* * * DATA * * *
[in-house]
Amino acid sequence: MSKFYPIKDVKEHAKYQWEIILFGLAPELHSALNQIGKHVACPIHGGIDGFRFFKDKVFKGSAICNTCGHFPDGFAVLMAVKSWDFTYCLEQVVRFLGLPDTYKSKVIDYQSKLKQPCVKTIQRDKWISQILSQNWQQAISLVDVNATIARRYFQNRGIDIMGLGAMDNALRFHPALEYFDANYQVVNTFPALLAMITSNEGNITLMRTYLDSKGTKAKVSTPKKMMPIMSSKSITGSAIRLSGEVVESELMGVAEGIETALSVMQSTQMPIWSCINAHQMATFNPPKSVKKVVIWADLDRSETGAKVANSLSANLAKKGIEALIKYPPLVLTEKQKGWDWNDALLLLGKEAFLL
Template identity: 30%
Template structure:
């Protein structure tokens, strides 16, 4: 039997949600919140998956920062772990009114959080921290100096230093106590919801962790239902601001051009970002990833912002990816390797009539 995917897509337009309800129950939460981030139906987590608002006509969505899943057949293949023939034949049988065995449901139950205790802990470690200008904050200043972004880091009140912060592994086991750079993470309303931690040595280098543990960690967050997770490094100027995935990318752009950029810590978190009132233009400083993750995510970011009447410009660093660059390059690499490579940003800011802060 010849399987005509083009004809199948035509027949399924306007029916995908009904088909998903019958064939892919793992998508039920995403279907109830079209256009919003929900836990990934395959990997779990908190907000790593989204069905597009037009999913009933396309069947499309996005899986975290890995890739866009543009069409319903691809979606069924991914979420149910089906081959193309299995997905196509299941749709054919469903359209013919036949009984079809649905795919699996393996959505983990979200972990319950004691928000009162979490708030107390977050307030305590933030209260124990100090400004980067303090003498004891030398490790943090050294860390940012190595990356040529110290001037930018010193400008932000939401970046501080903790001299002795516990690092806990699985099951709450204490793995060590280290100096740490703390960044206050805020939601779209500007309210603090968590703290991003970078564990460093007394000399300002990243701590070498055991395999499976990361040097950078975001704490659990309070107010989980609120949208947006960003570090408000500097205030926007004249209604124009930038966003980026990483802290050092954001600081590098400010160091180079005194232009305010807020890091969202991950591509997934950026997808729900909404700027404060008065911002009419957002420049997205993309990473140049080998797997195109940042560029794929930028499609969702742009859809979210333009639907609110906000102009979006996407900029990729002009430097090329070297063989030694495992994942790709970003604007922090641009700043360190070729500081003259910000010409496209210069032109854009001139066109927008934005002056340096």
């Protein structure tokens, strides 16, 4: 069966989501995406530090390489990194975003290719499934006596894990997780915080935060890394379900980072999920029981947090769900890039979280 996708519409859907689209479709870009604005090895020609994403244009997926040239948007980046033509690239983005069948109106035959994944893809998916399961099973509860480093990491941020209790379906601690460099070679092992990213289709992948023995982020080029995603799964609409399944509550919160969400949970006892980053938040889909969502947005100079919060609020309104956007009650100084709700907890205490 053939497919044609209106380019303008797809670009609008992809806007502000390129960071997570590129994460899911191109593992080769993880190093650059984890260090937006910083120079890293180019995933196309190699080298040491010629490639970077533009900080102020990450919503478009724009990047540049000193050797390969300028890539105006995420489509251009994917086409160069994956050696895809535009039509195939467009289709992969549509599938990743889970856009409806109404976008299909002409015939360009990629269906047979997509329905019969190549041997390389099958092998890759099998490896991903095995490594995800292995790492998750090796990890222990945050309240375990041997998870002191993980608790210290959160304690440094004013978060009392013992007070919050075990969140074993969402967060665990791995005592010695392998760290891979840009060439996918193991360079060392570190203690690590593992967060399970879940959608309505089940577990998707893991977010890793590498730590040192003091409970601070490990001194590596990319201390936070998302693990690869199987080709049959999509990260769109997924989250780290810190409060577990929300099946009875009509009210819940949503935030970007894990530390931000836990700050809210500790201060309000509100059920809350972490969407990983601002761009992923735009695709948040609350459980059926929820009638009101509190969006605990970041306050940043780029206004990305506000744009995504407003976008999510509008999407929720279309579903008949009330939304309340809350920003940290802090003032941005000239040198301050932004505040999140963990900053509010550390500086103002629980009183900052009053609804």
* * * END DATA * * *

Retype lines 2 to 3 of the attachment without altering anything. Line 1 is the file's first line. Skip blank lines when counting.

Amino acid sequence: MSKFYPIKDVKEHAKYQWEIILFGLAPELHSALNQIGKHVACPIHGGIDGFRFFKDKVFKGSAICNTCGHFPDGFAVLMAVKSWDFTYCLEQVVRFLGLPDTYKSKVIDYQSKLKQPCVKTIQRDKWISQILSQNWQQAISLVDVNATIARRYFQNRGIDIMGLGAMDNALRFHPALEYFDANYQVVNTFPALLAMITSNEGNITLMRTYLDSKGTKAKVSTPKKMMPIMSSKSITGSAIRLSGEVVESELMGVAEGIETALSVMQSTQMPIWSCINAHQMATFNPPKSVKKVVIWADLDRSETGAKVANSLSANLAKKGIEALIKYPPLVLTEKQKGWDWNDALLLLGKEAFLL
Template identity: 30%